The Peacock

Best Part: The Chips!

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Reader, I would like to start this review with a question. If you were to order chips in a pub, what condiments would you expect to be offered? Ketchup, salt, vinegar perhaps? Think about it. We shall return to this point later.

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Mr Midweek lunch and I were pleased to hear about the Peacock’s re-launch. Firstly because we idly wondered whether it might paint itself in a smarter colour other than grey (see our review of The Crown, Craft and Cleaver, Tabure) and secondly because in the past when we ventured into the garishly yolk yellow Peacock it was a little like a down-market O’Neills, which is pretty much as down as you can get. Let’s take the decorating point first. Unsurprisingly the Peacock did decide to go over to the grey side. It was a smart choice (hah) because it is what St Albanites expect now in the up-market gastro pub/café/restaurant. Yes 50 shades of grey is a safe bet to entice the right type of patrons. The Peacock now looks great! If I have one criticism it is the pub sign which is also monochrome. However this is reflective of the disturbing UK wide movement to get rid of the traditional pub sign. Perhaps in  this case Peacocks are considered too flamboyantly coloured for the grey scene. Those naughty birds with their flashy blue and green tail feathers, how dare they look decorative! In this case I think a bit of vibrant Peacock blue in the sign would provide a welcome accent colour. Before too long, the Grey Movement will be touring the country looking for pub namesake animals with a paint-box of black and white dye. Goodbye fun, bright creatures such as foxes and dragons and hello white swans, grey goats and beige mermaids. The Robin Hood has shown how to do it, smartening up but retaining it’s traditional inn sign.

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Let’s get back to the Peacock. Does it manage to look slick and smart inside as well as out? Well to be fair, it is a difficult space. It is naturally gloomy and I feel they have done what they can. Possibly a few more or brighter lights in the back half but on the whole it did look much better than before. However it had an overwhelming feeling of not quite readiness. One of the wash-hand basins in the ladies was already out of action. The pleasant bar/waiting staff looked slightly surprised to see us and the menu didn’t seem to be finished yet. It only had about 4 things on it (there is slightly more on the evening menu, but that is none of our concern here). They have “St Albans’ finest…real ales” written on the side of the pub in large grey letters yet one of the only things they had on tap this particular day was Stella, which is neither fine nor a real ale. However I did feel like getting a bit drunk because I was recovering from a surprising hair cut. Given the limited choice I went for the vaguely exotic Estrella Damm. My husband ordered the only ale they had, which was flat.

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The menu was very small but what it produced was surprisingly pleasant. I was very happy with my homemade fish finger sandwich. Good bread, good batter and I liked the sour cream dressing very much. I also approved of the presentation. Like the Craft and Clever they went for the little frying baskets on a sandwich board idea. I thought it trendy and cute.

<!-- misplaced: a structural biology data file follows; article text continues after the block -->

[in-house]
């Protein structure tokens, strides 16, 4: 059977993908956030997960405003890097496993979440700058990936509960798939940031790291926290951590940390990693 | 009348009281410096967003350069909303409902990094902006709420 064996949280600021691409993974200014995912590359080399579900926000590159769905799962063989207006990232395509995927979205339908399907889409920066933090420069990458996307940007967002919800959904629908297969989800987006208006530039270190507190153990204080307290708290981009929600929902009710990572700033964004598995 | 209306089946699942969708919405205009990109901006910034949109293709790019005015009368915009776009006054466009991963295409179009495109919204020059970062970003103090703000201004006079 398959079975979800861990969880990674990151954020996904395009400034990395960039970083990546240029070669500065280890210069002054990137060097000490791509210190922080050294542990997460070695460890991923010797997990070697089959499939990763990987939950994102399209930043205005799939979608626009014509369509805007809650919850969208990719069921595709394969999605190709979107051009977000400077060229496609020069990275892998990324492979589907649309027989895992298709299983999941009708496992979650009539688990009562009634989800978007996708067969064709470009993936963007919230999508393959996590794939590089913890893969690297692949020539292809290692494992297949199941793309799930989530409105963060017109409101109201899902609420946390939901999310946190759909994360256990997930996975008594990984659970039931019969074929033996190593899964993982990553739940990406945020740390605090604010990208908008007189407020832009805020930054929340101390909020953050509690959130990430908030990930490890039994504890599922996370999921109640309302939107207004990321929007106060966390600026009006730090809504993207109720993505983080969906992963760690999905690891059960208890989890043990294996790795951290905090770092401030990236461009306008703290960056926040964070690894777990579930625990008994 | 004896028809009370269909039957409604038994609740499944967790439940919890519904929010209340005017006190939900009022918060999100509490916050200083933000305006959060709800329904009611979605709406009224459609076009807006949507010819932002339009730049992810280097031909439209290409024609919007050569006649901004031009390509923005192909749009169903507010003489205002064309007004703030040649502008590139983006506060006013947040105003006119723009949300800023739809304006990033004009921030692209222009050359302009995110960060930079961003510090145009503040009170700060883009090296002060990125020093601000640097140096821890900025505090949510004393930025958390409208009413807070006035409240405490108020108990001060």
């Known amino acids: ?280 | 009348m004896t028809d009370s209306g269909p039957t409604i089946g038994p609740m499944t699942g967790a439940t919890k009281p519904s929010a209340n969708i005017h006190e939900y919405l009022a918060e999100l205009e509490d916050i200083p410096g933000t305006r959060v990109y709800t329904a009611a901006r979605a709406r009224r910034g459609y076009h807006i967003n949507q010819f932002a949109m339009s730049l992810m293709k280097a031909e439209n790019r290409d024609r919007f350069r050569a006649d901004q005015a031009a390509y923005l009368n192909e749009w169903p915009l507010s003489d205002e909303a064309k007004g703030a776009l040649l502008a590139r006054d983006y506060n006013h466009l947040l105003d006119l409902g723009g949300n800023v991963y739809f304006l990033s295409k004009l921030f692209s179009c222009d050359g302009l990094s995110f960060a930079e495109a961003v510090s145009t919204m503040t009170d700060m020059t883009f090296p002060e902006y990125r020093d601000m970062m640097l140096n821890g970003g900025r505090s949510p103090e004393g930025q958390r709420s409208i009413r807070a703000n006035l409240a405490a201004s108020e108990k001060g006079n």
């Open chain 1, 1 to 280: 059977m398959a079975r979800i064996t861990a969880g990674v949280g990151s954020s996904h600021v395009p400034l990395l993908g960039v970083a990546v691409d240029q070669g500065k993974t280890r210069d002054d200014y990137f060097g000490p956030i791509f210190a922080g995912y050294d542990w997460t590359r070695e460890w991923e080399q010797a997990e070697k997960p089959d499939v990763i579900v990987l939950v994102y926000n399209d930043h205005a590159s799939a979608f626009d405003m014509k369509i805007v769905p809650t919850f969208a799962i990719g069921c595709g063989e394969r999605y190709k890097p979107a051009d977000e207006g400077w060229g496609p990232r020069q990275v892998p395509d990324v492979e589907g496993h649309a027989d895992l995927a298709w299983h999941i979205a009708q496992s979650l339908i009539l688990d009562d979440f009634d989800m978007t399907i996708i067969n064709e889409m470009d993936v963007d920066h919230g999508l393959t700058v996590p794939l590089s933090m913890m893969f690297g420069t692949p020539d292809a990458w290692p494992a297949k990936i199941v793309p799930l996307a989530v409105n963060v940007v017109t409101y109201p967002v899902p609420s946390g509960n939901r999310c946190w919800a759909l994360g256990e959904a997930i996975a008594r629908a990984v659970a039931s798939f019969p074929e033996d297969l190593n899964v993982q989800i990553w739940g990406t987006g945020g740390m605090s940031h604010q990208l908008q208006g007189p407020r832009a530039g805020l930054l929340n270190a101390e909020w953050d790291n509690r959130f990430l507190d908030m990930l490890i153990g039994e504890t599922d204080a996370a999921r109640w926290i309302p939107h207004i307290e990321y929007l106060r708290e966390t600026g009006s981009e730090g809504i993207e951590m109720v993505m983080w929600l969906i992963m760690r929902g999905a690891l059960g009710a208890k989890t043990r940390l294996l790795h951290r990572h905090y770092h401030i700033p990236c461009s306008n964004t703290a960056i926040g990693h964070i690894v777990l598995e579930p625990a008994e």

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Mr Midweek lunch likes cuteness but doesn’t care for trends and just got cross about the lack of a rim on his wooden plate. It simply isn’t practical for him. He had a steak sandwich. He was cross because he didn’t want it but neither did he want a burger and there the menu ended. The chips were crisp and glistening and tasty, but the steak was overly chewy and would come loose from the sandwich in large barely digestible chunks.

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As a side we had nachos. These were very, very good. A crazy long shape (a bit like the Peahens so it must run in the family) and the salsa was tasty. Now, do you remember me asking you that question about condiments for chips? So we asked for ketchup but this obscure sauce was too much for them. We had a bit more success with the vinegar, being offered red or white wine vinegar instead of the traditional malt. Slightly taken aback we asked for red but when it came it had magically transformed itself into balsamic and lay inside a little dish, not an easy to drizzle dispenser. Whilst balsamic was surprisingly quite a pleasant accompaniment to the lovely chips it might not be to all tastes.

To give credit where it is due, the Peacock has re-launched itself well. It really looks the business in its smart grey but the next step is for it to possess the self belief necessary to establish itself as a desirable competitor to all the other grey pubs. Dare to be a bit different in your range, and be proud of the quality of your food (except the steak). A positive mental attitude can convince anyone.  A piece of friendly advice would be to continue developing the food menu incorporating at least two rather than one vegetarian dish and bringing in more local ale and more cool bottled lager. It is what people expect now. I cannot help comparing it to the Crown which also needed time to settle down after re-branding. We have revisited the Crown and found their menu to be improved and the place bustling. I hope this happens to the Peacock too. It is not quite there yet but has its foot on the ladder to success.

5.9/10

 

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